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I got a dog with a Napoleon complex. I have a Napoleon complex. We're small. Anything big that we feel is threatening us, we want to fight. We're not a pushover.
There are certain historical figures of such importance that we need to know everything about them, which is why books about Napoleon, Lincoln, Julius Caesar, Joan of Arc, Queen Elizabeth I, and the great religious founders continue to proliferate; these lives require constant reevaluation and interpretation.
I get more people approaching me about how good I was in 'Napoleon Dynamite' than being in Coldplay.
All I did was basically play myself in the role of Napoleon Solo.
I will not become a Napoleon nor an Alexander, and labour for my own ambition; but I will labour for freedom and for the moral well-being of man.
Howard Hughes was able to afford the luxury of madness, like a man who not only thinks he is Napoleon but hires an army to prove it.
To some it is Napoleon, to some it is a philosophical struggle, to me it is allegro con brio.
War as Napoleon knew it just not possible any more. However, we're very unlikely to accept or recognize 'world peace' even when we get it.
I'm known for having crazy shoes. I have a total Napoleon complex - I'm only 5'4", and every heel I have is four inches or more.
Napoleon had been fighting this army of slaves and free people in Haiti and it depleted his forces. And after the Revolution, when the French were driven out, they stopped and sold this big chunk of North America to the Americans for very little money.
I myself am not particularly interested in restaurant cooking. I don't really want to learn how to make a napoleon. I'd much rather learn how to make a very good lemon cake, which you can make in your own home. I like plain, old-fashioned home food.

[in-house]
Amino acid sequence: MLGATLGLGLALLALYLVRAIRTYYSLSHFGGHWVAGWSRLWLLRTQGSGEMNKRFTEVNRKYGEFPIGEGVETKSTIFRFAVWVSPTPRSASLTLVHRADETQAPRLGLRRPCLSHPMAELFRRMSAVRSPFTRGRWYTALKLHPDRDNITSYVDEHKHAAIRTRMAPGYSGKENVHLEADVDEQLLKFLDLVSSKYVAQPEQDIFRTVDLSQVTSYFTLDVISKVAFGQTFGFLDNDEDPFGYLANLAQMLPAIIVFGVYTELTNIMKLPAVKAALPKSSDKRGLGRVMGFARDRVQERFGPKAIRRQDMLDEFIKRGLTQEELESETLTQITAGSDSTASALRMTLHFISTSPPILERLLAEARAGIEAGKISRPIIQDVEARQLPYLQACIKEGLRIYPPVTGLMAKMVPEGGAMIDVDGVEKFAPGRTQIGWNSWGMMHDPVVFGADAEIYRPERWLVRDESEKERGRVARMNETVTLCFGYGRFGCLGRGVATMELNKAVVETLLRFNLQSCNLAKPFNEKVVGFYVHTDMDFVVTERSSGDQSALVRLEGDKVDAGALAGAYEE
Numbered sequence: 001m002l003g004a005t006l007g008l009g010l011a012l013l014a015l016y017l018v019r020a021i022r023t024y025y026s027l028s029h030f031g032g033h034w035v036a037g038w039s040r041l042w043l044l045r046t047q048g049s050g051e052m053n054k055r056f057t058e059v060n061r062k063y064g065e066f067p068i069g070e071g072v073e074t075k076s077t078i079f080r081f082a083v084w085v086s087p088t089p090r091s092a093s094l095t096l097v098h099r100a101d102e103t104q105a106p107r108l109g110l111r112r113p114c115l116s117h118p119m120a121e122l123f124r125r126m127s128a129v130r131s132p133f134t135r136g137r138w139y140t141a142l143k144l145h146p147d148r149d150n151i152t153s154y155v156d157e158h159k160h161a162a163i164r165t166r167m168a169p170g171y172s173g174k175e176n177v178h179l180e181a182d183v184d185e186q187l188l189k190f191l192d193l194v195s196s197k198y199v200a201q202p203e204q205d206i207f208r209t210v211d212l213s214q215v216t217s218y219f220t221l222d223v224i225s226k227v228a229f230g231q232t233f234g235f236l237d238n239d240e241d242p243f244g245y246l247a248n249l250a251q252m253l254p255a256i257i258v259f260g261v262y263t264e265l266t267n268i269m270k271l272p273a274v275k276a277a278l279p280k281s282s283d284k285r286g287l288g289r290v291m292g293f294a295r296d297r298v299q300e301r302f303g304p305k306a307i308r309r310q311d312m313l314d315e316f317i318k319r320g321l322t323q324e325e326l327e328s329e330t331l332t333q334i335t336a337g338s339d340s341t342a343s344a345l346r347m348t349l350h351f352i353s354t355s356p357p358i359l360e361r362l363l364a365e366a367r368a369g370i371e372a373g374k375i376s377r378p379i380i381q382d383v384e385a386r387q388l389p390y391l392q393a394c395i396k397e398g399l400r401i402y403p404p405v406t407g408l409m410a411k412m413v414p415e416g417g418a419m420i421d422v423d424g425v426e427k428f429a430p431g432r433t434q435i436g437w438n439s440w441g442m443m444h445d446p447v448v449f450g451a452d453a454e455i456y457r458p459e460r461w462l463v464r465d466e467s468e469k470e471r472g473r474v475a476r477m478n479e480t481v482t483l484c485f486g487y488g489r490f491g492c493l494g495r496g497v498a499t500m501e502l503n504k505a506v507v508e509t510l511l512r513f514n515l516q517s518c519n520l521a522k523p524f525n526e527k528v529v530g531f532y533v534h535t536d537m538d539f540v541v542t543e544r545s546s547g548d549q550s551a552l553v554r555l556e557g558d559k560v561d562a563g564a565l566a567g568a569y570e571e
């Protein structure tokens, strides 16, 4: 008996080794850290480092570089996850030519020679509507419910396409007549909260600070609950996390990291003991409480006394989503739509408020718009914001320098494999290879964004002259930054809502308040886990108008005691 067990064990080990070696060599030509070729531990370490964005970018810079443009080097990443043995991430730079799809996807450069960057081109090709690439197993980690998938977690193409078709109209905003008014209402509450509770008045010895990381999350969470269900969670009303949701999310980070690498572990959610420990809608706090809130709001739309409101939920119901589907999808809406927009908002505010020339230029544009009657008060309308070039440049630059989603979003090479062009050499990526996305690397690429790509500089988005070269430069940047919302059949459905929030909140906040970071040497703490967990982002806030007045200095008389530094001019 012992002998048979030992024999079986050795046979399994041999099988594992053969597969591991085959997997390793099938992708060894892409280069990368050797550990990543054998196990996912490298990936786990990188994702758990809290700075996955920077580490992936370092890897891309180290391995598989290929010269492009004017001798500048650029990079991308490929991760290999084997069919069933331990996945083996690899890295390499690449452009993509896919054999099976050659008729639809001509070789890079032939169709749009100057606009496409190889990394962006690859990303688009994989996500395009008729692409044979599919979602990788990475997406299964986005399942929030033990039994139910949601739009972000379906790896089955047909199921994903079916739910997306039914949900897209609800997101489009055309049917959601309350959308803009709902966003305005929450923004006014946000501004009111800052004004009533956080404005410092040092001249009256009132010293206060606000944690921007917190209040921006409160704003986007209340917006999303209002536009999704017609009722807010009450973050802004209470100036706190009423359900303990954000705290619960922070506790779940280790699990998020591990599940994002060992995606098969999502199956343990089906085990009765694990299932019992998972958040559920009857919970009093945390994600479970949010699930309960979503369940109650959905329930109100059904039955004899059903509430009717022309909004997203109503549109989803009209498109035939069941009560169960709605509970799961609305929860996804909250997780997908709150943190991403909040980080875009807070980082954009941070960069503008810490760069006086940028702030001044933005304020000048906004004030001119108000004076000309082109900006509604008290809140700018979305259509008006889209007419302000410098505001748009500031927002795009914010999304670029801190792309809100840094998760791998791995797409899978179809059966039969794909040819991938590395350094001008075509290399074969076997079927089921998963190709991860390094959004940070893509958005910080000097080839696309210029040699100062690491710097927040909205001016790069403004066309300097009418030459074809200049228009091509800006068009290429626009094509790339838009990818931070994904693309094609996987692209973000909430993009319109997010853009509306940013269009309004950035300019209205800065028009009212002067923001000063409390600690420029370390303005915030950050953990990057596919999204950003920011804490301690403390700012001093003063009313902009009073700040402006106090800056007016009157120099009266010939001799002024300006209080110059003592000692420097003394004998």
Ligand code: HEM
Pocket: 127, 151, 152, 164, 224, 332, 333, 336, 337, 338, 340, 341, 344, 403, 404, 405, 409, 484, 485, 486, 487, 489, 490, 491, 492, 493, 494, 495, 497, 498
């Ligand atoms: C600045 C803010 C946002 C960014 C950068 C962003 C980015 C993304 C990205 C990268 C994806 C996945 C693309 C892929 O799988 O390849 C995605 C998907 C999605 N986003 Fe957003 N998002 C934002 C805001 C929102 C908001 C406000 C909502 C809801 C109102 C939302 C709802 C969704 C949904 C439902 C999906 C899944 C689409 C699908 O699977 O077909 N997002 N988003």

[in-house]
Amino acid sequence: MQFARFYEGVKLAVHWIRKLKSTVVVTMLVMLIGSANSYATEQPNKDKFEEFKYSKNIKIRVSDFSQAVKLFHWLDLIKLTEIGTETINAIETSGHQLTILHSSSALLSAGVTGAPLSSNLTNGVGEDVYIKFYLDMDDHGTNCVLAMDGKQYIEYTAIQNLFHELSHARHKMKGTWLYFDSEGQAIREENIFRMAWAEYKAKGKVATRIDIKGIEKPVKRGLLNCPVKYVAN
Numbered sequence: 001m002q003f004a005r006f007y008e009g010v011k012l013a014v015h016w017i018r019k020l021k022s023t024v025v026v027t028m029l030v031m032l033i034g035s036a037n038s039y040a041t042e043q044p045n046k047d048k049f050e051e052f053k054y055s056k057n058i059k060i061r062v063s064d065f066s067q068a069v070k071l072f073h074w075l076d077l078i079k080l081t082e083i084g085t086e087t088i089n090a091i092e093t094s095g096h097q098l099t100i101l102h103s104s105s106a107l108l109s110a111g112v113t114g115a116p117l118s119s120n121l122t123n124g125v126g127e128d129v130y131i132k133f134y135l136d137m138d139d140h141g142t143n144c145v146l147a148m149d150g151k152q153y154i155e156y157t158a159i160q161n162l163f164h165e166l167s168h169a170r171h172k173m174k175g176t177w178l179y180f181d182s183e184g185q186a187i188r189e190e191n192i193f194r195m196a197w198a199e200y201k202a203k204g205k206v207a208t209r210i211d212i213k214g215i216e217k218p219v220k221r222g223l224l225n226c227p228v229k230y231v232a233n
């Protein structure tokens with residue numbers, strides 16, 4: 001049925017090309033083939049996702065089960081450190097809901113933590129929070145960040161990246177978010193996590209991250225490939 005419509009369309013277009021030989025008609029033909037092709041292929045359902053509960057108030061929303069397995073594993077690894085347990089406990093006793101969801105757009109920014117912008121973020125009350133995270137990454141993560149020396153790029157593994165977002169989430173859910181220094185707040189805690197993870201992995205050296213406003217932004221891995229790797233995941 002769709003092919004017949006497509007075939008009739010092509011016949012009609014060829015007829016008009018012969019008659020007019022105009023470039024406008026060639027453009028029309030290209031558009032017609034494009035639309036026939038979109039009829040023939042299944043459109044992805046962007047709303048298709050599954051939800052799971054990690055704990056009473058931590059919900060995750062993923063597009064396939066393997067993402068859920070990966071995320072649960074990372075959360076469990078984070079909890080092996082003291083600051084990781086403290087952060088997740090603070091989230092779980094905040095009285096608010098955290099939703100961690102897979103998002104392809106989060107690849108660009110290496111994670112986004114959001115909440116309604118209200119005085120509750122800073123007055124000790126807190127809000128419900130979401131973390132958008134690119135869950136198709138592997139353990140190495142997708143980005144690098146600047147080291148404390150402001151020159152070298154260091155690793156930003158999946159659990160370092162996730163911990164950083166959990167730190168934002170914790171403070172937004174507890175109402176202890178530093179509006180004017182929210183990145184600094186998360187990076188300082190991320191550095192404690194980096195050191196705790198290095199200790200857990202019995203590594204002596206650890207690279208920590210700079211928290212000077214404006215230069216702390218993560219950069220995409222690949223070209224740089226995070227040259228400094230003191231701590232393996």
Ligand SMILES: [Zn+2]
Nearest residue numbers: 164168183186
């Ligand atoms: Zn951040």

I don't write huge books any more. I used to write 1,000 printed pages, but now I write short books. I did one on Napoleon, 50,000 words - enjoyed doing that. He was a baddie. I did one on Churchill, which was a bestseller in New York, I'm glad to say. 50,000 words. He was a goodie.
I just did an ad with Microsoft. I'm dressed as Napoleon, and I get to slap Bill Gates.
There is no consensus even today on the merits of Napoleon - and certainly no agreement on the rights and wrongs of the origins of the First World War.
It was 1953, and I was still at school. I'd borrowed a silent French film from the library for my 9.5mm projector. It was by Jean Epstein, and it was awful. So I rang the library and asked if they had anything else. They said they had 'Napoleon Bonaparte and the French Revolution.'
'Napoleon' is pure cinema, and cinema was designed for sharing.
That was after Napoleon died because there is still a controversy as to whether Napoleon was poisoned with arsenic. And the French say the British did it and the British say the French did it, but he died before the test for arsenic was available.
The idea that Arabia is best run by Arabs is no more palatable to Western leaders today than it was to Napoleon or Churchill.
If you ask me about Napoleon, I'll tell you about his relationship with sugar. And canning - thanks to Napoleon, we have canning.
Jose Andres Puerta
The more money you spend, the more you need to make back, and the more pressure there is to appeal to everyone - which to the studio means that the specificity and uniqueness must be watered down. But I think mass audiences like things that are more specific and tend to have a voice, like 'Napoleon Dynamite' or 'Superbad.'
I like people who don't accept boundaries. Like Florence Nightingale. And Napoleon or Louis XIV, though I'm not sure how much I'd have liked to meet them. I admire people who aren't circumscribed by circumstance.
I was very short when I was little, so I probably had - and there may be a residue of it now - that Napoleon complex. Wanting to be as big and as powerful as the big guys.
Napoleon was probably the equal at least of Washington in intellect, his superior in education. Both of them were successful in serving the state.
I don't want to do the nerdy, goofy guy again. That was really fitting for the 'Napoleon' world, but that's kind of where I want it to stay.
Washington and the elder Napoleon. Both were brave men; both were true men; both loved their country and dared to expose their lives for their country's cause.
A. P. J. Abdul Kalam
C. S. Lewis
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